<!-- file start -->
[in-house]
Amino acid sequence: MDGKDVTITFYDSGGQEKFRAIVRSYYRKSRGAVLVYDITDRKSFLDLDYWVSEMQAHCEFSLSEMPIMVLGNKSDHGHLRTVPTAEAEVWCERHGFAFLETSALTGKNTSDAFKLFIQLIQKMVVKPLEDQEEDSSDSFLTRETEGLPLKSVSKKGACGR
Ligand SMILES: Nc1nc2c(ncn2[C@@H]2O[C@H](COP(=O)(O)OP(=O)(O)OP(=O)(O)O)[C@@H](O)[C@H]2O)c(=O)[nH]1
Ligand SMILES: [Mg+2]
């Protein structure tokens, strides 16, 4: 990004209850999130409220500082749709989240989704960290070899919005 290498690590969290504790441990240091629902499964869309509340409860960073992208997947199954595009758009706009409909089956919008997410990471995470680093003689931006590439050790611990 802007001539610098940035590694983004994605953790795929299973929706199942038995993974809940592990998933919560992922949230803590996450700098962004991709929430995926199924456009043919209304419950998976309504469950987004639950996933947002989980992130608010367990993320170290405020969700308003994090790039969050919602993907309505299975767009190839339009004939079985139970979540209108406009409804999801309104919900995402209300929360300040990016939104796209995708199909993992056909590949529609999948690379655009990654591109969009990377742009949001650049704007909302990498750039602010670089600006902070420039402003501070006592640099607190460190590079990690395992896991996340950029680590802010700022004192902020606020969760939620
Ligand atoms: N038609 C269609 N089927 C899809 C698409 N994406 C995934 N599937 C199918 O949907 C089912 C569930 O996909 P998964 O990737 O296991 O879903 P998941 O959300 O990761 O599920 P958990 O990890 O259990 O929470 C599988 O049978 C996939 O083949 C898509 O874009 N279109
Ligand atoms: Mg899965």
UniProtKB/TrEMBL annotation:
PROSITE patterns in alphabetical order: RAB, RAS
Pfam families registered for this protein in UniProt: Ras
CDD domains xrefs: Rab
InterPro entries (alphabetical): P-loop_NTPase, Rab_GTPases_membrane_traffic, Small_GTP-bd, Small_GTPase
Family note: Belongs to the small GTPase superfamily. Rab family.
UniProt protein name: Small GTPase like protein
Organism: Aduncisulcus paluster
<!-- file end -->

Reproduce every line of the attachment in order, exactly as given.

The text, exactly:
[in-house]
Amino acid sequence: MDGKDVTITFYDSGGQEKFRAIVRSYYRKSRGAVLVYDITDRKSFLDLDYWVSEMQAHCEFSLSEMPIMVLGNKSDHGHLRTVPTAEAEVWCERHGFAFLETSALTGKNTSDAFKLFIQLIQKMVVKPLEDQEEDSSDSFLTRETEGLPLKSVSKKGACGR
Ligand SMILES: Nc1nc2c(ncn2[C@@H]2O[C@H](COP(=O)(O)OP(=O)(O)OP(=O)(O)O)[C@@H](O)[C@H]2O)c(=O)[nH]1
Ligand SMILES: [Mg+2]
């Protein structure tokens, strides 16, 4: 990004209850999130409220500082749709989240989704960290070899919005 290498690590969290504790441990240091629902499964869309509340409860960073992208997947199954595009758009706009409909089956919008997410990471995470680093003689931006590439050790611990 802007001539610098940035590694983004994605953790795929299973929706199942038995993974809940592990998933919560992922949230803590996450700098962004991709929430995926199924456009043919209304419950998976309504469950987004639950996933947002989980992130608010367990993320170290405020969700308003994090790039969050919602993907309505299975767009190839339009004939079985139970979540209108406009409804999801309104919900995402209300929360300040990016939104796209995708199909993992056909590949529609999948690379655009990654591109969009990377742009949001650049704007909302990498750039602010670089600006902070420039402003501070006592640099607190460190590079990690395992896991996340950029680590802010700022004192902020606020969760939620
Ligand atoms: N038609 C269609 N089927 C899809 C698409 N994406 C995934 N599937 C199918 O949907 C089912 C569930 O996909 P998964 O990737 O296991 O879903 P998941 O959300 O990761 O599920 P958990 O990890 O259990 O929470 C599988 O049978 C996939 O083949 C898509 O874009 N279109
Ligand atoms: Mg899965």
UniProtKB/TrEMBL annotation:
PROSITE patterns in alphabetical order: RAB, RAS
Pfam families registered for this protein in UniProt: Ras
CDD domains xrefs: Rab
InterPro entries (alphabetical): P-loop_NTPase, Rab_GTPases_membrane_traffic, Small_GTP-bd, Small_GTPase
Family note: Belongs to the small GTPase superfamily. Rab family.
UniProt protein name: Small GTPase like protein
Organism: Aduncisulcus paluster